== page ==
Cut off the bottom of the head of lettuce and place it in a small bowl of water. New growth begins from the center of the in as little as 3 days and you’ll have a new half-head of lettuce in about 2 weeks. I’ve heard romaine re-grows best, but I’ve had success with green leaf and red leaf lettuce too.
Got more scraps to regrow food?
There are plenty more vegetables that will regrow using just a small scrap of the original food. These listed below can be started in water, but should be transplanted to dirt for full growth and harvest.
- lemon balm
- onions (white/yellow/red)
- sweet potatoes
And of course, you can save the seeds/pits from apples, cherries, lemons, nectarines, peaches, peppers (sweet and hot), plums, pumpkins and tomatoes to grow your own new vegetables!
We have several heads of lettuce regrowing on our kitchen table, which makes for a pretty and practical centerpiece! If you had a shelf near a window, you could keep all your plants there and just harvest when they’re big!
Just think – if we did all of the above ways to regrow food, we might not ever have to shop at the grocery store again!
It’s so easy to regrow food in water!
- You’ve worked hard to grow your garden or pinch pennies to afford organics or are doing the best you can with your budget — now it’s time to stretch those dollars even further and grow food in water!
- Start with one of these shallow dishes or these taller dishes. Add in the food stumps (see above for details!). And keep the water fresh.
- Fertilizer could help if you really want to work this system. This Dr. Earth organic liquid fertilizer or a hydroponic fertilizer would work well.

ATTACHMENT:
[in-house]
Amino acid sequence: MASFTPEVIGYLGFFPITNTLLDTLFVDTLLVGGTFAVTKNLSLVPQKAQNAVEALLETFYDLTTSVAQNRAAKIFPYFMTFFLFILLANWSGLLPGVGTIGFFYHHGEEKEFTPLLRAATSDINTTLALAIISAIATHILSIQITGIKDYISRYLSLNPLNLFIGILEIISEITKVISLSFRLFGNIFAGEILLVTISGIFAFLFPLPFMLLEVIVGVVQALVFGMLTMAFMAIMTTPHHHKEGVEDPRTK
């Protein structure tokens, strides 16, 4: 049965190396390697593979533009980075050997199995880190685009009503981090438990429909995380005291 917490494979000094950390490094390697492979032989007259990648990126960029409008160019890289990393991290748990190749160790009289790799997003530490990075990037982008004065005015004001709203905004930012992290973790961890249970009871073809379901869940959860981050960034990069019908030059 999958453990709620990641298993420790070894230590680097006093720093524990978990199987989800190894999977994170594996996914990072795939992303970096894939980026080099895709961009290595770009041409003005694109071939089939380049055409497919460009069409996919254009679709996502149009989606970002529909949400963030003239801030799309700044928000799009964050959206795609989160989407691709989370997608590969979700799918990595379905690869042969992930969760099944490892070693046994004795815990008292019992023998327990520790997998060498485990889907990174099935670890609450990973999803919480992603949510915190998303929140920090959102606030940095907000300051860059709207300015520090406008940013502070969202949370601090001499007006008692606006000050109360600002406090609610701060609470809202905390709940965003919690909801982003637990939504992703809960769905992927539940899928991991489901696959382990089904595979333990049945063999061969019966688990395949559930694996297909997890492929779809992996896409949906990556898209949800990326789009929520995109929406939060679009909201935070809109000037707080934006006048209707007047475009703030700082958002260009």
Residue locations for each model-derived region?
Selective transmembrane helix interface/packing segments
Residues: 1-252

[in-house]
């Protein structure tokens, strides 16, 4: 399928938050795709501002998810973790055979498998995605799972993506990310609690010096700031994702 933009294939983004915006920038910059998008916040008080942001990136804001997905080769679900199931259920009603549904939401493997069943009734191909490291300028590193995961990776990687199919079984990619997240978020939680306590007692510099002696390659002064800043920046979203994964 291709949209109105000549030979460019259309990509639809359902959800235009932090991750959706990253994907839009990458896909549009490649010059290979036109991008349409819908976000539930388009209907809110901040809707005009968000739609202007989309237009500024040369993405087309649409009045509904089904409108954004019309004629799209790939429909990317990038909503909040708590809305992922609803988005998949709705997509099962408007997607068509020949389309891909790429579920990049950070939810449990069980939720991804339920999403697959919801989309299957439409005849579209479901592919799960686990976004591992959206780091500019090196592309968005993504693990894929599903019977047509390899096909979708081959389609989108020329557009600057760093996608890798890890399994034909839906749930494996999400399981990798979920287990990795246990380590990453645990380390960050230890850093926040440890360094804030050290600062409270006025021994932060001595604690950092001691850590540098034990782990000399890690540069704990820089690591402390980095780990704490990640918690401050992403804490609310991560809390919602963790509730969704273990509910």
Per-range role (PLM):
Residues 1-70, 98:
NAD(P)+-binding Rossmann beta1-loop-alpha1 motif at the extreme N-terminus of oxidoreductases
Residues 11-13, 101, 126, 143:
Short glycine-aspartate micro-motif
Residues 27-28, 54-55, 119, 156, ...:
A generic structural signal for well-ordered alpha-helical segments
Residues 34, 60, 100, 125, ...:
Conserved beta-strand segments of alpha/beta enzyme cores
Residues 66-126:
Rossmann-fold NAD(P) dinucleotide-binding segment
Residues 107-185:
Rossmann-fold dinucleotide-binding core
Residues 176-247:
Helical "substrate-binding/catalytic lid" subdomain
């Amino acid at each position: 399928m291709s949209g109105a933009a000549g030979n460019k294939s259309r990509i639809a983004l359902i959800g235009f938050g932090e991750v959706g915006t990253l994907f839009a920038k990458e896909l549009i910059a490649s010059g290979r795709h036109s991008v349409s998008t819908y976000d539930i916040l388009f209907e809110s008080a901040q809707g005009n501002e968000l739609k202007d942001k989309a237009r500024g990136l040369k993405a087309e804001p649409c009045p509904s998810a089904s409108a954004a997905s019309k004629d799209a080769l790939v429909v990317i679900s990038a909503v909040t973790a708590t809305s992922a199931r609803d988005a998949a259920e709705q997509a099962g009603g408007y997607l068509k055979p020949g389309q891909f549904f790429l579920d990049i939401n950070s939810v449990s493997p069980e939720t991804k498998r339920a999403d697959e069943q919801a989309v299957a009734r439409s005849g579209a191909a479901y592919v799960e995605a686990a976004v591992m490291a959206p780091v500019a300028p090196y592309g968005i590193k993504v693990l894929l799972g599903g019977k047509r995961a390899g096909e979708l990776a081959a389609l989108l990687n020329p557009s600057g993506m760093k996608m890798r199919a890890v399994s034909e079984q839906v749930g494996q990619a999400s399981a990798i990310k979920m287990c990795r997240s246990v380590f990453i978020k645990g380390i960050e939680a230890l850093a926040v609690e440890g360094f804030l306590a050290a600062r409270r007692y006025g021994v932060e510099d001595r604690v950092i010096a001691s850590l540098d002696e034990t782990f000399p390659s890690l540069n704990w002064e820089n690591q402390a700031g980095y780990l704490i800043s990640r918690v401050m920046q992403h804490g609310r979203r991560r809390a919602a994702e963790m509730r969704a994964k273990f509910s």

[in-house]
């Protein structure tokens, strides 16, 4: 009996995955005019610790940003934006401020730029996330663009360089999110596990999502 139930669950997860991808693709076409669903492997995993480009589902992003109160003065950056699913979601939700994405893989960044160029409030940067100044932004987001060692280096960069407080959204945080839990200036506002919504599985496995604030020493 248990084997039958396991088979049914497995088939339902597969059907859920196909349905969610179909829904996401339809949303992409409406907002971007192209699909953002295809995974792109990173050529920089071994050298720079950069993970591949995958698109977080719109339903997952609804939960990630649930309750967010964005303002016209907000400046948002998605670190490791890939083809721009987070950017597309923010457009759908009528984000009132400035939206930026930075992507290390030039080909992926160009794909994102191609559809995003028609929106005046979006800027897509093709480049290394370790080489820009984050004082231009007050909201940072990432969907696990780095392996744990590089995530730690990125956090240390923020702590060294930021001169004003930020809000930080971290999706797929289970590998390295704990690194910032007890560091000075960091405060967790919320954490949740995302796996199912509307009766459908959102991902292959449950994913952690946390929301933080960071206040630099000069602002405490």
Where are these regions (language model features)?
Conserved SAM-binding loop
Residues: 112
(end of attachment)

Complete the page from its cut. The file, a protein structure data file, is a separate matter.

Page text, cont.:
- If regrowing your food in water isn’t your skill set, use those kitchen scraps to make chicken stock!
Need ideas on how to preserve those extra vegetables?
How to Blanch Greens // DIY Celery Powder // How to Keep Fruit (and Vegetables) Fresh Longer
Wong Boon Hong
This never seem to works for me. Once they start to grow new leaf, the stem will start to rot.
It helps if you change the water multiple times a day and trim away extra stems. This also makes them less appealing to bugs, but it often makes it all not worth the effort. Onions can also start to smell if you aren’t diligent with water, but they will grow outside until hard winter frost with no tending beyond watering and come up again in spring.
While it is fun to watch, this is not a good source of food supply. Vegetables get their nutrients through soil and sunshine; you will not be getting any nutrition from regrow not veggies in water. You could start them in water and then transplant to soil but will still be void of as much nutritional value.